91058, RE: No such thing as perfect
Posted by RavenCorbie, Sun Jul-01-12 11:26 AM
That's interesting. I've found that my critiques have gotten a lot more helpful to me (and hopefully the writer) since I stopped reading them as a critiquer and started reading them as a reader. Maybe my critical side is overdeveloped, and my "reader" mode is a balance?

What do you consider to be prose flaws and infelicities? If you're talking about grammar/proofreading, he does do that afterwards, but doesn't critique the writing. If you're talking about making the sentences flow better or sound better or something, then he would say you're taking your voice out. I don't know if I agree with him on that because I really like beautiful prose and don't think that it has to "kill" the story. I also think it varies depending on genre: I don't think (but could be wrong) that he writes a lot of literary fiction, so that could inform his bias - I think literary fiction (as well as genre novels with a literary bent) does need to concern itself with prose. The question becomes then: how do you evaluate and improve your prose without taking out the voice? Maybe this is addressed in the book you recommended, but that's my personal biggest fear when it comes to fixing prose.

And yeah, I don't think I could work the way he does, either. I've put Cheney's book on my wish list - thanks for the recommendation!
91059, RE: No such thing as perfect
Posted by bonniers, Sun Jul-01-12 11:56 AM
Yes, Cheney's book focuses on that issue -- looking at ways to enhance rather than hurt the story and voice. I learned about it ten or more years ago when I took a seminar with Cheney. It was the first time I felt like I understood what revision and editing were supposed to accomplish.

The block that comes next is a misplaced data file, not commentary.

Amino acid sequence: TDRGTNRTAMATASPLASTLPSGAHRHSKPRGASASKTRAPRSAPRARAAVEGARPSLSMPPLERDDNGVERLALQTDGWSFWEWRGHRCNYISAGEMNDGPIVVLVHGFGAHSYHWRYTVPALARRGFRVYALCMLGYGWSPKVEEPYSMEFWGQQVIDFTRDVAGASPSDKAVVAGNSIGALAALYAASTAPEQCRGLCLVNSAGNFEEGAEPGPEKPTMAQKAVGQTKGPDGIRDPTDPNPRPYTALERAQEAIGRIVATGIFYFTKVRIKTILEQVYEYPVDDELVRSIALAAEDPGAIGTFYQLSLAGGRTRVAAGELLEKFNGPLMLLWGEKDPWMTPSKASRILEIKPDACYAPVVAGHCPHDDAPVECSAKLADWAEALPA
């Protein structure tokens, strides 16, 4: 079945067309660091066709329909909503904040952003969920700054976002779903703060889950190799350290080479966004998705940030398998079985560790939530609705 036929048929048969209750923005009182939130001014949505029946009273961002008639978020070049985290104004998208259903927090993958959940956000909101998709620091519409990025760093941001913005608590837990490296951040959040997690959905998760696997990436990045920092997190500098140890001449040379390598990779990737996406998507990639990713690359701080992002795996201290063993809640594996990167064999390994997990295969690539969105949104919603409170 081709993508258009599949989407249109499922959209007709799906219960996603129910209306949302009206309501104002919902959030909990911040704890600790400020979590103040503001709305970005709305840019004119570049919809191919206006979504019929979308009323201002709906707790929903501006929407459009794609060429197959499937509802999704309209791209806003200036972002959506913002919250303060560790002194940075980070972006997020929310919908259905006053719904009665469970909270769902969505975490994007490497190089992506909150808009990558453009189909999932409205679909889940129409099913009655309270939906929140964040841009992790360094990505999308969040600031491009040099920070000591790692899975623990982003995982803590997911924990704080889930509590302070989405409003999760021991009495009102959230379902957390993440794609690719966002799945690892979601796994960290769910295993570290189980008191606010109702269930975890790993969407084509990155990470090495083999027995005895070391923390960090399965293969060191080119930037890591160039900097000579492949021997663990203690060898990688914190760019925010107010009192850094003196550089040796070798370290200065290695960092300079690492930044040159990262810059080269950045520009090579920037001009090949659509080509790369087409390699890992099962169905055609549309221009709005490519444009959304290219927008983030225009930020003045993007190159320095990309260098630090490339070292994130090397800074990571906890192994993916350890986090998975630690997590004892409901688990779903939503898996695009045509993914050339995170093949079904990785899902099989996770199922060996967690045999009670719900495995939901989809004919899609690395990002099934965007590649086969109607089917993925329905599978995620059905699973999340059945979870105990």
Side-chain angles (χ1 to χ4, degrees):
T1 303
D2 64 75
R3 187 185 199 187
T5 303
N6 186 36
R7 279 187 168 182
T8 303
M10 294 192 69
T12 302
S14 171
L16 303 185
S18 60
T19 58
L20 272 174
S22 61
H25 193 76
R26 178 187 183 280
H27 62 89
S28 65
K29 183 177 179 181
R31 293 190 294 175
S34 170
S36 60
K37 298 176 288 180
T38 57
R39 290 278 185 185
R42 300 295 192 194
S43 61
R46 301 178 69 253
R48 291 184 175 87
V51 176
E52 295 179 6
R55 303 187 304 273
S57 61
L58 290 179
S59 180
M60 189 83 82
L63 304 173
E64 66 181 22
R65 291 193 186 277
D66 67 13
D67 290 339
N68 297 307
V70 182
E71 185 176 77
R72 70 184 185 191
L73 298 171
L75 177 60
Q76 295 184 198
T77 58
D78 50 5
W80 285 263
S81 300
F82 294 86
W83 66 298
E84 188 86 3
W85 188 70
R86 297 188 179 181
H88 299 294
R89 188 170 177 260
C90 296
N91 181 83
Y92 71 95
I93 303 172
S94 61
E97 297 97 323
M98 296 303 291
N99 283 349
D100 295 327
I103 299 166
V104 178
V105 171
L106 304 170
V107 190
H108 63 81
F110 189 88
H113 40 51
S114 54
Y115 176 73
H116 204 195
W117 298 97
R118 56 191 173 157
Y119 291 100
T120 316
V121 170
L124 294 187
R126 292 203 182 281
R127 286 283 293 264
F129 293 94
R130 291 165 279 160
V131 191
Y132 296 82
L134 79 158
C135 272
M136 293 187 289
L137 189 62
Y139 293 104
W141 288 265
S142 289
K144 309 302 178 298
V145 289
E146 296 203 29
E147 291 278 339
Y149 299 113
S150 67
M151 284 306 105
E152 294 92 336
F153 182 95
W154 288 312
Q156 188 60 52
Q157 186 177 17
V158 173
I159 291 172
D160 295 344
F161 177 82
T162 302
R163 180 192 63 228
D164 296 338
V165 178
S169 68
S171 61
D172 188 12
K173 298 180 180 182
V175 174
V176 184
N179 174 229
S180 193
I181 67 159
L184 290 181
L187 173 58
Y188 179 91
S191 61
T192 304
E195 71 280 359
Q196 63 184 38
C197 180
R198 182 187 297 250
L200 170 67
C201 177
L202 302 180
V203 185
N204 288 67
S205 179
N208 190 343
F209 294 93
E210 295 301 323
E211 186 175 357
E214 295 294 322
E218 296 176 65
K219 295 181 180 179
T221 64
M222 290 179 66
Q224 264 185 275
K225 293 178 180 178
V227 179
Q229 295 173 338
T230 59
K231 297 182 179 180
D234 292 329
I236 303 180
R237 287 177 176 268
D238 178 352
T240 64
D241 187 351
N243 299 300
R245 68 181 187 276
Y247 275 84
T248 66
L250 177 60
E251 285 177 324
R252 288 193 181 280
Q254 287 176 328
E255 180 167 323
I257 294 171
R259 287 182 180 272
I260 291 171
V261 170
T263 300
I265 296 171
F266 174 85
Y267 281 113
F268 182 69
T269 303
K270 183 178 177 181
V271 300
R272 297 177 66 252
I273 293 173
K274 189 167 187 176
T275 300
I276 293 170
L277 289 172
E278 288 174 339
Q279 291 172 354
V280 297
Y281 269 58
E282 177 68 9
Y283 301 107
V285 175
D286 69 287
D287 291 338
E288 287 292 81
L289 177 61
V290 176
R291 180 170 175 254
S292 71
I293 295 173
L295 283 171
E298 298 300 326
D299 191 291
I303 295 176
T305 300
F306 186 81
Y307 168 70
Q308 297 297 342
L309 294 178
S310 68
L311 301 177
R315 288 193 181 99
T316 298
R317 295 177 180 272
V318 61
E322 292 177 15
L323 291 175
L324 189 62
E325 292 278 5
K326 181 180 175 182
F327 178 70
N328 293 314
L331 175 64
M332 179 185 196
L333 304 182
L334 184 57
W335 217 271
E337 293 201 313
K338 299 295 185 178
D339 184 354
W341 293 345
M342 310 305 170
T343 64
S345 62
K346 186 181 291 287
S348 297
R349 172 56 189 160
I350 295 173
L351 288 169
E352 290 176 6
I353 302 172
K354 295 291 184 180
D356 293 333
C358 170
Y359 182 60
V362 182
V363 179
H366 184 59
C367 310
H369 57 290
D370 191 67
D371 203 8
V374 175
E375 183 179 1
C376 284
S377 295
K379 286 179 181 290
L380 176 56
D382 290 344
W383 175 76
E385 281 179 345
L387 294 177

Reader mode is a good one to critique from. I think when we critique as writers, we tend to pay too much attention to the "rules" (Gasp! You wrote a sentence in passive voice!) and not enough to whether it works.

By infelicities I meant things like screwing up parallel structure, describing things inconsistently, accidentally calling it a "red fish" in one chapter and giving the fish a name in another. That kind of thing. For instance in my genie story, I had to remember that people from a hot dry climate probably wouldn't use metaphors similar to "snowed under" because they don't have the concept of snow. It's not so much that there was anything wrong with the phrase I used, but I missed a chance to solidify the character's world view. I have a lot of that in my prose.

I'm not saying KKR is wrong. She makes a very good point. But it's like any other writing advice: it needs to fit the individual's needs and style.
91045, RE: No such thing as perfect